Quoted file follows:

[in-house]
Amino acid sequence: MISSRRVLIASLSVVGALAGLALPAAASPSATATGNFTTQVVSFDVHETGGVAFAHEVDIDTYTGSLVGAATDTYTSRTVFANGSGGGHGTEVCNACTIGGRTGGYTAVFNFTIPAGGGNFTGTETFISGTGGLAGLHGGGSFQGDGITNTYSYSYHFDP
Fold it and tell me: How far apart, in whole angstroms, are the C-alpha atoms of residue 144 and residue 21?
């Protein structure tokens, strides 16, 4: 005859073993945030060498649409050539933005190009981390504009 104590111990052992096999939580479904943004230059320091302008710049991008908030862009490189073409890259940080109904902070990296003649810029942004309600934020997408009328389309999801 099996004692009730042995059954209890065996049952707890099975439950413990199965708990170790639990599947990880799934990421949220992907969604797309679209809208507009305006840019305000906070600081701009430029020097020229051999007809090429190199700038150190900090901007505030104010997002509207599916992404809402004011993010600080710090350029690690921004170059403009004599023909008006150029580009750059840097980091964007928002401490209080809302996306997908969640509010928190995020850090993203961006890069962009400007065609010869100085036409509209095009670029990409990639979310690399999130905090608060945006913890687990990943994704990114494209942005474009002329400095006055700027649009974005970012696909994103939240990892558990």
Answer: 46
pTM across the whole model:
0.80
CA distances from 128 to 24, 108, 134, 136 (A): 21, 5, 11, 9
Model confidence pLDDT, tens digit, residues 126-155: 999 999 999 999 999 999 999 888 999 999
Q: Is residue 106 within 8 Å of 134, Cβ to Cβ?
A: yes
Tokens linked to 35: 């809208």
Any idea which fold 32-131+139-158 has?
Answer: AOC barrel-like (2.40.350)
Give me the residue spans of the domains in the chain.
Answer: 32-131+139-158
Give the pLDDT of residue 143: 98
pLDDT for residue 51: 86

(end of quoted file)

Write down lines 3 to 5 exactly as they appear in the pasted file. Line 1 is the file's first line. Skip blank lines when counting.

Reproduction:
Fold it and tell me: How far apart, in whole angstroms, are the C-alpha atoms of residue 144 and residue 21?
């Protein structure tokens, strides 16, 4: 005859073993945030060498649409050539933005190009981390504009 104590111990052992096999939580479904943004230059320091302008710049991008908030862009490189073409890259940080109904902070990296003649810029942004309600934020997408009328389309999801 099996004692009730042995059954209890065996049952707890099975439950413990199965708990170790639990599947990880799934990421949220992907969604797309679209809208507009305006840019305000906070600081701009430029020097020229051999007809090429190199700038150190900090901007505030104010997002509207599916992404809402004011993010600080710090350029690690921004170059403009004599023909008006150029580009750059840097980091964007928002401490209080809302996306997908969640509010928190995020850090993203961006890069962009400007065609010869100085036409509209095009670029990409990639979310690399999130905090608060945006913890687990990943994704990114494209942005474009002329400095006055700027649009974005970012696909994103939240990892558990």
Answer: 46